Two parties demand Parliamentary republic
By Sopo Datishvili
Monday, March 23
New constitutional proposals by two parties, the Christian Democrats and Traditionalists, were uttered for the first time on March 20, at a joint press conference. They say that the only way out of the current political crisis is to change the system of Government from a Presidential to a Parliamentary republic.
Giorgi Targamadze from the Christian Democrats and Akaki Asatiani from the Traditionalists think that this can solve the problems Georgia has been facing recently. “The fact is that, today every family feels clearly this difficult situation in the country which worsens day by day. We, the Christian Democrats strongly believe that all political changes should be based on the change of the system itself,” said Giorgi Targamadze.
He responded to the non-Parliamentary opposition which often objects to the Christian Democrats ‘cooperating with the Government’ because they accepted their seats in Parliament after the last election, unlike many opposition parties. Targamadze said that he isn’t standing with those radicals because he doesn’t believe in revolutions in general. “Revolutions always bring negative results. For example the current Government came to power via revolution as well. So we don’t think that this is the time to conduct experiments again and hold revolutions. Moreover, I think the resources for changing the Saakashvili Government in a peaceful way don’t yet exist,” added Targamadze on the Position talk show on Rustavi 2.
On March 20 the Traditionalists also announced that they had joined the new Alliance for Freedom with the Women’s Party, Party of the Future and the Freedom Party. They said the main plans of the Alliance centred on the April 9 demonstrations. Leader of the Traditionalists Akaki Asatiani said that the more parties oppose the Government the better it will be for the country’s future, but he is interested in defining all the steps that will be taken after the regime is changed. “The question is what will happen after April 9. We should think about this as well, and I think that establishing a Parliamentary republic is a suitable solution to this problem,” he explained.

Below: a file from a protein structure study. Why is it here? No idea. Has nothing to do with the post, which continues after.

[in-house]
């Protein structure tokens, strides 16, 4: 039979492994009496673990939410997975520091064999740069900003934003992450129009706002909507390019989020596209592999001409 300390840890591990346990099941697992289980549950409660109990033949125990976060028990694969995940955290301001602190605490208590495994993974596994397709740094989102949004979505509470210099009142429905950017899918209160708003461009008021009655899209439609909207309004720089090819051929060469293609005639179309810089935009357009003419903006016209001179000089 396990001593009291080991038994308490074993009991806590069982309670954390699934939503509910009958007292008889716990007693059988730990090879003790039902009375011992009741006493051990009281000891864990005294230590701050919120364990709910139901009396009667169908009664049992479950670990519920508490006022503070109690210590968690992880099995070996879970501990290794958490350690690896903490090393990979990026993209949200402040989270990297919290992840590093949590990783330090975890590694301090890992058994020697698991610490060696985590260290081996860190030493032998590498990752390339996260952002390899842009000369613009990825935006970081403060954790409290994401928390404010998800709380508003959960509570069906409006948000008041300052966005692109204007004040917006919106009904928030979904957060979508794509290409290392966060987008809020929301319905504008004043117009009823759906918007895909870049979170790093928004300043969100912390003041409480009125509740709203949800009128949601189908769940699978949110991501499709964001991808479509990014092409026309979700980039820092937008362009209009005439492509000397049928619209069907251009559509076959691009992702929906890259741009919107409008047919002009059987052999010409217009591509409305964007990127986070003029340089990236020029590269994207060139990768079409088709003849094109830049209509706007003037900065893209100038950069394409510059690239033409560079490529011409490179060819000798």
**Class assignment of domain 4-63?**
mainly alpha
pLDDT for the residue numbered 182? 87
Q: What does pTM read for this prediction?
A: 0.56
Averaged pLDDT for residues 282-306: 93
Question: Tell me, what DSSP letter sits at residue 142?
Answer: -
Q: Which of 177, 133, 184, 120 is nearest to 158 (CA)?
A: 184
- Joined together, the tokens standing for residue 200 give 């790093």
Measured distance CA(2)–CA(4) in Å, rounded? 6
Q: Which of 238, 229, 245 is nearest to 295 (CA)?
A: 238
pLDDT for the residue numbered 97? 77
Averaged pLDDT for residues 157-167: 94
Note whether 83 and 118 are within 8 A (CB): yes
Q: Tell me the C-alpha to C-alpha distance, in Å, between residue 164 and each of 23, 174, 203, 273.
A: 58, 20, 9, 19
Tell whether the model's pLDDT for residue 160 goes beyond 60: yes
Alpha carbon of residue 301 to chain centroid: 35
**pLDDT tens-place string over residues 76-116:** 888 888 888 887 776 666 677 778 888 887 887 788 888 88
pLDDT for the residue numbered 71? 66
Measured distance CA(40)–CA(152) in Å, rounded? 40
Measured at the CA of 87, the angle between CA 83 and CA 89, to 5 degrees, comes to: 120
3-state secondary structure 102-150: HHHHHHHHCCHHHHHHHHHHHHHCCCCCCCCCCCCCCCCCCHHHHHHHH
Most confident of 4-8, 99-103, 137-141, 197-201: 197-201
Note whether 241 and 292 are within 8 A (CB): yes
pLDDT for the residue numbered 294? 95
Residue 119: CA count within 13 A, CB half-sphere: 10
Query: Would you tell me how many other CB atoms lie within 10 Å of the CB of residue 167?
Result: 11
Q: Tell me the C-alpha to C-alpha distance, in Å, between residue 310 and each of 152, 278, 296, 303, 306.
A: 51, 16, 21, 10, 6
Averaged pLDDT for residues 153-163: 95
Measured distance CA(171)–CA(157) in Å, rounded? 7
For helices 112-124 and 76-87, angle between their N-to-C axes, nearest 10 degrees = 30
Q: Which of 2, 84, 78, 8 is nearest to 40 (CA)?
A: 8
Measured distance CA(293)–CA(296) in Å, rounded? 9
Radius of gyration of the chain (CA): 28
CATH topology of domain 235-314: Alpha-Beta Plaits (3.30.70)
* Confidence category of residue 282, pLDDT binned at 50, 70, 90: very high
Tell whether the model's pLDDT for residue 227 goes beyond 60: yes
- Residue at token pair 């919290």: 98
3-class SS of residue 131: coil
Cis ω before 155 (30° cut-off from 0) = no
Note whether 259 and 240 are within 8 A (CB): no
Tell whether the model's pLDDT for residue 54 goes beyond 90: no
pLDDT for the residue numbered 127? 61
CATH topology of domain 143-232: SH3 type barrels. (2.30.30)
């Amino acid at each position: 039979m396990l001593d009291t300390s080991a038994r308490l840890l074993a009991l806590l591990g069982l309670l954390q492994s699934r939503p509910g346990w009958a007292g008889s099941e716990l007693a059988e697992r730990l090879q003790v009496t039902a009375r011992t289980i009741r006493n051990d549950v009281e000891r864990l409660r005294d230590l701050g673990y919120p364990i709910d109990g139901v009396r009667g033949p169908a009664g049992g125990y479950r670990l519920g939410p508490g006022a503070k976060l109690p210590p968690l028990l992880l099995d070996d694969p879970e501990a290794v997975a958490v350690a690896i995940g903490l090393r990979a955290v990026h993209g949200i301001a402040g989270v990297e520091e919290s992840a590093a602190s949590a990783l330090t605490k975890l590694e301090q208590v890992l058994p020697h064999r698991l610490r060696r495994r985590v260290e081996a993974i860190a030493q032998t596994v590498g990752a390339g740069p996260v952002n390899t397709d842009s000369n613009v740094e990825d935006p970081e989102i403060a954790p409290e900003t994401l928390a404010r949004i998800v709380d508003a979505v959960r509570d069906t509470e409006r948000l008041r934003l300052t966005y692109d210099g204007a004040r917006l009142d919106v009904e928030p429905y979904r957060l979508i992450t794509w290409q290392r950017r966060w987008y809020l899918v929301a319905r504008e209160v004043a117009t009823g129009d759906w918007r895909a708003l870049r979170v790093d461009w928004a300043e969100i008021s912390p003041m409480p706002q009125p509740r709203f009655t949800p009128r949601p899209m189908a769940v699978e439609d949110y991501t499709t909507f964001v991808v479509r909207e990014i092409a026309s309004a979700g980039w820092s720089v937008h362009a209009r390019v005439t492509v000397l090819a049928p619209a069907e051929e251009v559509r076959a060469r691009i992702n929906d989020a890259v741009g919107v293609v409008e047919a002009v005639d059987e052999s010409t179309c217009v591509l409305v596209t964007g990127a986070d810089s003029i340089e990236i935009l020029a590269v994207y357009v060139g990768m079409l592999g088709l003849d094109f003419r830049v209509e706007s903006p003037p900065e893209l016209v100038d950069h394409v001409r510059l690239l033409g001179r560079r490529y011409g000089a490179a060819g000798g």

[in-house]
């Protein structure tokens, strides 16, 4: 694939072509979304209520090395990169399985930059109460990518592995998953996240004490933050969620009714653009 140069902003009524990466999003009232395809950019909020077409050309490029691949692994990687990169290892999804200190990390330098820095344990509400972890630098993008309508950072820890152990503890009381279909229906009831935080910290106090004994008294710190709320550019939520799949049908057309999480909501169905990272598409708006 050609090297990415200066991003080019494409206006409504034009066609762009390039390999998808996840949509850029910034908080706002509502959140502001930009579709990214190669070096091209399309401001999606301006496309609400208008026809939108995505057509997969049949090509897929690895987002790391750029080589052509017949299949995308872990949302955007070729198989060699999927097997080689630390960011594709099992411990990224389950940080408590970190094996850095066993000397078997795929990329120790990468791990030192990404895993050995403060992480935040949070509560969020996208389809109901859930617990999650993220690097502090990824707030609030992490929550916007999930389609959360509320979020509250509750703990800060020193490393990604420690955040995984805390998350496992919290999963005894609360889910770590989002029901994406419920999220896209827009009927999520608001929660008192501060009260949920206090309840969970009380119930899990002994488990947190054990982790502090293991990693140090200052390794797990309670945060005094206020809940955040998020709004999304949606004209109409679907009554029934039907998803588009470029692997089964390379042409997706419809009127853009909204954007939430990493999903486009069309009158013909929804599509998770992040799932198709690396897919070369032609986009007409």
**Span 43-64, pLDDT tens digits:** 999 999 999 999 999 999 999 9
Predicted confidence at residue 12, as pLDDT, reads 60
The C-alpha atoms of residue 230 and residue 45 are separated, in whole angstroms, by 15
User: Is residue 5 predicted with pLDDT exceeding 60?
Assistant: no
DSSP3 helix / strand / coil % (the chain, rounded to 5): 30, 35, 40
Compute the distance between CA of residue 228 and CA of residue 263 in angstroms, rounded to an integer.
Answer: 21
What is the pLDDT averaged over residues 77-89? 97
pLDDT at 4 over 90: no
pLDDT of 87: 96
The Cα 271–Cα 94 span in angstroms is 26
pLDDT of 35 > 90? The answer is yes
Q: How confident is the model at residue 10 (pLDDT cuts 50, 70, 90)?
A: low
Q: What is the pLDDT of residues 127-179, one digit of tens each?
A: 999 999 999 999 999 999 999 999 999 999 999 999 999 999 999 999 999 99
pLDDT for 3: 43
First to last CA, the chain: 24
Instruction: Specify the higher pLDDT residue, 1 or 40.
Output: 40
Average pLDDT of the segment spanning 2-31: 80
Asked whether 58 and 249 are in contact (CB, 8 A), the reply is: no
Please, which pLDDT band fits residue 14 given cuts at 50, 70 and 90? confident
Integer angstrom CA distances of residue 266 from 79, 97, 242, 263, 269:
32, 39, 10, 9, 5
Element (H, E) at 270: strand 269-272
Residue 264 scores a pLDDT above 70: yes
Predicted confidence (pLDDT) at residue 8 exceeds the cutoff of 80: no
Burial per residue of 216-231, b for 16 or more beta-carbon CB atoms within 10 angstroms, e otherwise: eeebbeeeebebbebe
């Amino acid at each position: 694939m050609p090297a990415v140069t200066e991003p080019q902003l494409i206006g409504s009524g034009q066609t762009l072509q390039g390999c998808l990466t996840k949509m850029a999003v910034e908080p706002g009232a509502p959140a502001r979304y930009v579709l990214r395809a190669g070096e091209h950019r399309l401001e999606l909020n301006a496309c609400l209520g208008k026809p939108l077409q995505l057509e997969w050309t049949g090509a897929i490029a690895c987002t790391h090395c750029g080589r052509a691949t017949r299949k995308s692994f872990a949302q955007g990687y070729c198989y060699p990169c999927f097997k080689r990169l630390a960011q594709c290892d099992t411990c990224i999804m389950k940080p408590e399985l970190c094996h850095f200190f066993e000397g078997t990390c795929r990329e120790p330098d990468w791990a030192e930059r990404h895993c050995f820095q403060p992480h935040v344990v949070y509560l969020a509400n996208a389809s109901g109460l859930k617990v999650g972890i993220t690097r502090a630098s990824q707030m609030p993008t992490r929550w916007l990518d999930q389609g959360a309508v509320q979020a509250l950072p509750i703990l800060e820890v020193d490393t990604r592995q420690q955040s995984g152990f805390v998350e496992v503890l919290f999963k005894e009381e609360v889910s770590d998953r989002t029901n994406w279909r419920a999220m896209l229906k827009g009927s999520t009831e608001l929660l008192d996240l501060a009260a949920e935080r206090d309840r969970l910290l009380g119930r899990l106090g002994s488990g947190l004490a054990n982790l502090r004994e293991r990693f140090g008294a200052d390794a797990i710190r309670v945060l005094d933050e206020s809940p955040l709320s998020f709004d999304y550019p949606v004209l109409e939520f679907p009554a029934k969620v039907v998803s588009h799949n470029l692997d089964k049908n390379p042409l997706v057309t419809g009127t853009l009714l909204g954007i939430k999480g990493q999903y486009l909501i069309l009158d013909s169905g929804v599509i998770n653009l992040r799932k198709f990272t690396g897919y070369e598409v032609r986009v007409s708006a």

Another member of newly formed Alliance for Freedom, Konstantine Gamsakhurdia, said that Asatiani’s decision to also cooperate with the Christian Democrats was a surprise for him. He is still among those who will start their fight to change the Saakashvili regime on April 9, but pointed out that giving the people the exact date the regime will end is difficult.
Asatiani said that he is in favour of the Austrian model, in which the federal President and the legislative branch form a combination of the Presidential and Parliamentary system of governing and both are elected. Political expert Ramaz Sakvarelidze thinks that Asatiani is expressing his own position and not that of the Alliance for Freedom. The reason others don’t agree with him, he says, is perhaps because they feel that if a Parliamentary republic is established the National Movement will have a good chance of taking a majority of seats in the Parliament again, as this party is better organized and it has more experience of elections than the others. “As for the system itself, I don’t think we should seek the way out by suggesting such changes. Any regime can be maimed. The problem we face is that we have seen so many crises but have had only emotional answers to the question of what caused them,” Sakvarelidze said.
Giorgi Targamadze said that the Christian Democrats are going to hold consultations with different opposition parties over their new suggestion.